Now, as the nation cherishes every precious step toward post-COVID normalcy, Major League Baseball has mortgaged its opportunity to enjoy a key role in the recovery.
The prominent evangelical leader previously voiced support for former President Donald Trump's groundless claims of widespread voter fraud.
While Democrats praise the move, Georgia Governor Brian Kemp has called Biden "so hypocritical" for appearing in Indiana at NCAA championship.
Some COVID-19 restrictions, including mask mandates, were gradually eased from 2020 as well as in recent months this year.
The minority leader said businesses should "stay out of politics."
There are five tactical reasons that businesses—including companies that have come out against Georgia's election law—should rethink their highly publicized, and potentially costly, forays into politics.
The Home Depot has not said if it plans to address Georgia's fight after the state's controversial election reform bill was signed into law.
The abortion movement has every reason to fear the democratic process. From the start, it's run to the courts to impose an agenda so unpopular it could scarcely be achieved at the ballot box.
The MLB announced its decision to move this year's All-Star Game out of Atlanta last week.
Donald Trump on Saturday also urged Americans to boycott Coca-Cola and other companies that have criticized Georgia's new voting legislation.
Major League Baseball announced its decision to relocate this summer's All-Star Game from its scheduled location in Atlanta on Friday, in a gesture of opposition against Georgia's new voting laws.
The Georgia Republican governor said that the new law expands voter access and argued other states have more restrictive voting legislation.
Supporters of the boycott against Coke said they would not drink "woke-a-cola" and instead choose Pepsi.
Delta and Coca-Cola publicly expressed criticism of the GOP voter legislation that have been implemented in the wake of former President Donald Trump's unfounded election fraud claims.
The activist said that Georgia lawmakers who passed the new voting law knew what economic risks passing it would lead to for the state.
The former president also took aim at Coca Cola and Delta after the companies hit out at Georgia's new voting laws.
Punishing red states for passing bad laws might seem like good politics from New York or Los Angeles, but it actually harms those of us living in and working to make these states fairer, more equitable places.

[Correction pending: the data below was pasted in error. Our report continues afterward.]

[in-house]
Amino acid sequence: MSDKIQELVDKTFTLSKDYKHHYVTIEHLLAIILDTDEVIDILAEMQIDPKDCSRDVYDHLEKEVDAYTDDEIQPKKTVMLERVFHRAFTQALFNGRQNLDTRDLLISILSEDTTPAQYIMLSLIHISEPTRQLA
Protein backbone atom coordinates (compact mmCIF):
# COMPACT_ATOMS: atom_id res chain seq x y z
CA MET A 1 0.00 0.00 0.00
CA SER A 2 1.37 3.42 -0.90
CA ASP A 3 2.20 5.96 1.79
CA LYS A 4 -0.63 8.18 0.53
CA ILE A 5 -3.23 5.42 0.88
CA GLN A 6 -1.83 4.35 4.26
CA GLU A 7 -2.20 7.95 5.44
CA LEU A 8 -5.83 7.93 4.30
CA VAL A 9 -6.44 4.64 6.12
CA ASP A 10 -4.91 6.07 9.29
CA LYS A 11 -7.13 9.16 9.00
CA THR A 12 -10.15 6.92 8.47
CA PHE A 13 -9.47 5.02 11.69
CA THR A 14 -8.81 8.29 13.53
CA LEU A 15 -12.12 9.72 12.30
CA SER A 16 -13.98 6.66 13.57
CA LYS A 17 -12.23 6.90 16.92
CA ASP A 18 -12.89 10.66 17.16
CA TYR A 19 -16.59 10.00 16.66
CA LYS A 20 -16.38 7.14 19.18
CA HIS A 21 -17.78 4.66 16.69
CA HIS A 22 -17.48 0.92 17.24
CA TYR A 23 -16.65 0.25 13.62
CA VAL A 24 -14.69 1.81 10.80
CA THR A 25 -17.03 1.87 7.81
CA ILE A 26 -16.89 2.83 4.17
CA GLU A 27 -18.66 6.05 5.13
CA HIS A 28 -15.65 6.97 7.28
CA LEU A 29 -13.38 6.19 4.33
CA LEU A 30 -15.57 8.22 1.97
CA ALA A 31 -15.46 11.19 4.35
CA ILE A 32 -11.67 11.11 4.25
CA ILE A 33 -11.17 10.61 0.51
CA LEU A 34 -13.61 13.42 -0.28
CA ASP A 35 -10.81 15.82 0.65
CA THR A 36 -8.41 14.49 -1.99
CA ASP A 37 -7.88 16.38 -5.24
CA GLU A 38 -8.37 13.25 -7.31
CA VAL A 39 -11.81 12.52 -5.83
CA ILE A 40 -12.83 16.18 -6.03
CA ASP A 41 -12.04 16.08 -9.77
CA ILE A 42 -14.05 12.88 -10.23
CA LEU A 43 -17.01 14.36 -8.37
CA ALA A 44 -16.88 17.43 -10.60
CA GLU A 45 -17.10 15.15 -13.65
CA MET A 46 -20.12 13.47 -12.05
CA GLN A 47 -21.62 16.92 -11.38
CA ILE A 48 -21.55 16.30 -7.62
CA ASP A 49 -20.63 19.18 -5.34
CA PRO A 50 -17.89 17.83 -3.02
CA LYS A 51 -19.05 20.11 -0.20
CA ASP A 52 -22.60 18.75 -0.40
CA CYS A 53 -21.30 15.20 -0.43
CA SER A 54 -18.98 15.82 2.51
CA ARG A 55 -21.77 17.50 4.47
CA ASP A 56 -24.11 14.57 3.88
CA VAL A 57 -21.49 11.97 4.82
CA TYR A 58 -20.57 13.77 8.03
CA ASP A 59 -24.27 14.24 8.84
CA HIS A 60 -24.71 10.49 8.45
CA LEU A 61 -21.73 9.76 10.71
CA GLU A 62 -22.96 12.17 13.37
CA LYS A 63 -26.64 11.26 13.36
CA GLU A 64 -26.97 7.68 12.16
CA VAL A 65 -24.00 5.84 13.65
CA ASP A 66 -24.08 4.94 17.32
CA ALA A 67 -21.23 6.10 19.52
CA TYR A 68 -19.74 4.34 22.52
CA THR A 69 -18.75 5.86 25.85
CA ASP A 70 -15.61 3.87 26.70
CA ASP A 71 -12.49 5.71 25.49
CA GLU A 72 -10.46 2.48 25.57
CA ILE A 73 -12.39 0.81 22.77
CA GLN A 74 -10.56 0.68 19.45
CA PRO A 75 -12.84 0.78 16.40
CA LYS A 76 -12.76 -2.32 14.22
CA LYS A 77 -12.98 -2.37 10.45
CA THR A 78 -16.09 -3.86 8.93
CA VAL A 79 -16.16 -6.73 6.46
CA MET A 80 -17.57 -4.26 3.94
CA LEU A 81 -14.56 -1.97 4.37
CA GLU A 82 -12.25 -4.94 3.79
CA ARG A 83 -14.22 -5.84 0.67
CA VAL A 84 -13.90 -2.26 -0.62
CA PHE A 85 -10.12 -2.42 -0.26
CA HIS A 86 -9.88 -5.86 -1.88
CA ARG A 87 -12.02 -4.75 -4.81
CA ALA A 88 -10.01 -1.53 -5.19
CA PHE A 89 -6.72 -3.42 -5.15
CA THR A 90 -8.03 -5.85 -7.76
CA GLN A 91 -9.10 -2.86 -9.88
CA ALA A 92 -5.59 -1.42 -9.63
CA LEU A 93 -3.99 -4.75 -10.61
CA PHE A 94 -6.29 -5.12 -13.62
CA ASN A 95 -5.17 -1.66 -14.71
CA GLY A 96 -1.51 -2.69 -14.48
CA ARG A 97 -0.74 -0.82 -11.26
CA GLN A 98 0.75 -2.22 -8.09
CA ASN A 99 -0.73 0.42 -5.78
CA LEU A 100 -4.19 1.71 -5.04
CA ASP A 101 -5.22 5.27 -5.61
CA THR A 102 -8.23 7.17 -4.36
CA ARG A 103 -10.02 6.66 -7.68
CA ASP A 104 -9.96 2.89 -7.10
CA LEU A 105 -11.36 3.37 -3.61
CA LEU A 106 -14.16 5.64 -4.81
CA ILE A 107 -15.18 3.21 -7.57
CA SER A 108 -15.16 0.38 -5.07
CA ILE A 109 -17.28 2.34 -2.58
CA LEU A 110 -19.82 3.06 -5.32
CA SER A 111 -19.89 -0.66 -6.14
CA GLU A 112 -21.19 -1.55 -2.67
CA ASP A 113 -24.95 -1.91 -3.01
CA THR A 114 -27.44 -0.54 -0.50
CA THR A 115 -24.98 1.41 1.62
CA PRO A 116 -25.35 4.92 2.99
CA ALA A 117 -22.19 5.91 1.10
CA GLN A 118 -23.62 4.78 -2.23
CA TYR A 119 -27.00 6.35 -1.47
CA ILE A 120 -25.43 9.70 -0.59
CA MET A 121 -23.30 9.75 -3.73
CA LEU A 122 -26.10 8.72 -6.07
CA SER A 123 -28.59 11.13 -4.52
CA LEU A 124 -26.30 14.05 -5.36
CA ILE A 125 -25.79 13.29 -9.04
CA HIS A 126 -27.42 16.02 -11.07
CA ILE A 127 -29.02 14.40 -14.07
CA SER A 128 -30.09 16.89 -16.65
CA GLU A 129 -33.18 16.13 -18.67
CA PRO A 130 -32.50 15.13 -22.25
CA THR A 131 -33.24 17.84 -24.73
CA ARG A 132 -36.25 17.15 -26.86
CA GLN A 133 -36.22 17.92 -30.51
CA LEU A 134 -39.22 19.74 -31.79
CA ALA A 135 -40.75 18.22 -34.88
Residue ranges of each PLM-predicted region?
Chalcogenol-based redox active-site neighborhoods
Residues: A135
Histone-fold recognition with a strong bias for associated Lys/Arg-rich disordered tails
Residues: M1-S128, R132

Park Cannon's arrest was caught on camera, as she was detained when knocking on Georgia Governor Brian Kemp's office door as he signed new voting legislation.
The Fox News host took aim at companies who have questioned the state's recent voting legislation, which has faced staunch criticism.
Florida claimed that Georgia uses too much of the water that flows from Atlanta to the Gulf of Mexico, arguing that overconsumption led to the decline in Florida's oyster industry.
Kemp defended the legislation, saying it makes it "easy to vote by expanding access to the polls and harder to cheat by ensuring the security of the ballot box."
Investigators believe the teen was "good friends" with the person who fired the gun.
"This is about more than just one bottle of water," said the Georgia director of Faith in Public Life. "It's about a series of laws that are progressively making it harder for Georgians to participate in our democracy."
Governor Brian Kemp signed the bill last week after it was passed in the state's Republican-led Legislature.
The Fox News anchor was reacting to James Quincey's comments criticising Georgia's new voting law Democrats say will restrict Black voters.
Faithful America said the controversial Republican is "twisting Scripture to interfere with COVID-19 health measures."
"I need to make it crystal clear that the final bill is unacceptable and does not match Delta's values," Bastian wrote in a memo on Wednesday.
The Georgia state representative was detained after she knocked on the door of Gov. Brian Kemp's office as he signed a bill tightening voter rules.